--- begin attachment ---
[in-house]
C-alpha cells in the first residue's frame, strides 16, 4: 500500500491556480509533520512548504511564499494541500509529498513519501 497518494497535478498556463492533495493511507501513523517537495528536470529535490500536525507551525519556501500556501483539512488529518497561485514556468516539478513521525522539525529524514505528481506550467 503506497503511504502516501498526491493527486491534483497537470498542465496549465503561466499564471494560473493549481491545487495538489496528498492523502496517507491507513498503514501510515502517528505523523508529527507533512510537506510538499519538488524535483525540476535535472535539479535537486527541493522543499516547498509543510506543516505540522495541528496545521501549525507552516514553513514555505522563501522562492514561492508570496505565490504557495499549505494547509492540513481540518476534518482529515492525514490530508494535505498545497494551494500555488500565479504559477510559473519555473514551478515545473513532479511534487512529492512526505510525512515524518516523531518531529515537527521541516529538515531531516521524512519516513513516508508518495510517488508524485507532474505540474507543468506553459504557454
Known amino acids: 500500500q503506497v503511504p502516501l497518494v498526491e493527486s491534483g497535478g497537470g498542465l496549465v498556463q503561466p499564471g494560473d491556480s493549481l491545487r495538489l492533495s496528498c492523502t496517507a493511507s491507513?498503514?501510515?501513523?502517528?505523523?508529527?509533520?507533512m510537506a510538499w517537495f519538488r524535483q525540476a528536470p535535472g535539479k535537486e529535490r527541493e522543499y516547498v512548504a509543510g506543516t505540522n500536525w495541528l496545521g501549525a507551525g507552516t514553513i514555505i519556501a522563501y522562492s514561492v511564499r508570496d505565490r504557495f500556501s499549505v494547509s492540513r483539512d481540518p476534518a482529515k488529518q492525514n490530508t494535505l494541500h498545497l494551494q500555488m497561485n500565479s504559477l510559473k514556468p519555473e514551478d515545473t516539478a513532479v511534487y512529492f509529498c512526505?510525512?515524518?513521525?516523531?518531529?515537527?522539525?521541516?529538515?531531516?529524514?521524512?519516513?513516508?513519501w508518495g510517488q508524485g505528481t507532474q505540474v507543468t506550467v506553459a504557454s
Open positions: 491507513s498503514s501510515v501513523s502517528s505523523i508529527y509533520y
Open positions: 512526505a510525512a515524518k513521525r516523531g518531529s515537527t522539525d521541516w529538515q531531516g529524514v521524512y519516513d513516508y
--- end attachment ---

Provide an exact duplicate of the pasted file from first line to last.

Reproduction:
[in-house]
C-alpha cells in the first residue's frame, strides 16, 4: 500500500491556480509533520512548504511564499494541500509529498513519501 497518494497535478498556463492533495493511507501513523517537495528536470529535490500536525507551525519556501500556501483539512488529518497561485514556468516539478513521525522539525529524514505528481506550467 503506497503511504502516501498526491493527486491534483497537470498542465496549465503561466499564471494560473493549481491545487495538489496528498492523502496517507491507513498503514501510515502517528505523523508529527507533512510537506510538499519538488524535483525540476535535472535539479535537486527541493522543499516547498509543510506543516505540522495541528496545521501549525507552516514553513514555505522563501522562492514561492508570496505565490504557495499549505494547509492540513481540518476534518482529515492525514490530508494535505498545497494551494500555488500565479504559477510559473519555473514551478515545473513532479511534487512529492512526505510525512515524518516523531518531529515537527521541516529538515531531516521524512519516513513516508508518495510517488508524485507532474505540474507543468506553459504557454
Known amino acids: 500500500q503506497v503511504p502516501l497518494v498526491e493527486s491534483g497535478g497537470g498542465l496549465v498556463q503561466p499564471g494560473d491556480s493549481l491545487r495538489l492533495s496528498c492523502t496517507a493511507s491507513?498503514?501510515?501513523?502517528?505523523?508529527?509533520?507533512m510537506a510538499w517537495f519538488r524535483q525540476a528536470p535535472g535539479k535537486e529535490r527541493e522543499y516547498v512548504a509543510g506543516t505540522n500536525w495541528l496545521g501549525a507551525g507552516t514553513i514555505i519556501a522563501y522562492s514561492v511564499r508570496d505565490r504557495f500556501s499549505v494547509s492540513r483539512d481540518p476534518a482529515k488529518q492525514n490530508t494535505l494541500h498545497l494551494q500555488m497561485n500565479s504559477l510559473k514556468p519555473e514551478d515545473t516539478a513532479v511534487y512529492f509529498c512526505?510525512?515524518?513521525?516523531?518531529?515537527?522539525?521541516?529538515?531531516?529524514?521524512?519516513?513516508?513519501w508518495g510517488q508524485g505528481t507532474q505540474v507543468t506550467v506553459a504557454s
Open positions: 491507513s498503514s501510515v501513523s502517528s505523523i508529527y509533520y
Open positions: 512526505a510525512a515524518k513521525r516523531g518531529s515537527t522539525d521541516w529538515q531531516g529524514v521524512y519516513d513516508y